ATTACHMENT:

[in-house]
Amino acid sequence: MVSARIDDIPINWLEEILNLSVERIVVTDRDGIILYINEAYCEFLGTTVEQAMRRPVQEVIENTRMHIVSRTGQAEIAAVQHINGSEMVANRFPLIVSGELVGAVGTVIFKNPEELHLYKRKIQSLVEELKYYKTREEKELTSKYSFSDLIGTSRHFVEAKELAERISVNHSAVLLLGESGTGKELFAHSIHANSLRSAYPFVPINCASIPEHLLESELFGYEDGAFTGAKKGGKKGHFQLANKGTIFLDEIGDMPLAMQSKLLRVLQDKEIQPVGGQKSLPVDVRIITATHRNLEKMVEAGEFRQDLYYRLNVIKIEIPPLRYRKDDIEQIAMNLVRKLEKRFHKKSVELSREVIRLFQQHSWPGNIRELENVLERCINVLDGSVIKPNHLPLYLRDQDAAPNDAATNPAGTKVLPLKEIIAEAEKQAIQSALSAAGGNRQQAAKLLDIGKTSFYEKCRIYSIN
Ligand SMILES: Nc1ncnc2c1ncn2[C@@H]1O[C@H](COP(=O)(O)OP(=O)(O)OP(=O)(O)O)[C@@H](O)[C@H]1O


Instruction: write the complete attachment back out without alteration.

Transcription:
[in-house]
Amino acid sequence: MVSARIDDIPINWLEEILNLSVERIVVTDRDGIILYINEAYCEFLGTTVEQAMRRPVQEVIENTRMHIVSRTGQAEIAAVQHINGSEMVANRFPLIVSGELVGAVGTVIFKNPEELHLYKRKIQSLVEELKYYKTREEKELTSKYSFSDLIGTSRHFVEAKELAERISVNHSAVLLLGESGTGKELFAHSIHANSLRSAYPFVPINCASIPEHLLESELFGYEDGAFTGAKKGGKKGHFQLANKGTIFLDEIGDMPLAMQSKLLRVLQDKEIQPVGGQKSLPVDVRIITATHRNLEKMVEAGEFRQDLYYRLNVIKIEIPPLRYRKDDIEQIAMNLVRKLEKRFHKKSVELSREVIRLFQQHSWPGNIRELENVLERCINVLDGSVIKPNHLPLYLRDQDAAPNDAATNPAGTKVLPLKEIIAEAEKQAIQSALSAAGGNRQQAAKLLDIGKTSFYEKCRIYSIN
Ligand SMILES: Nc1ncnc2c1ncn2[C@@H]1O[C@H](COP(=O)(O)OP(=O)(O)OP(=O)(O)O)[C@@H](O)[C@H]1O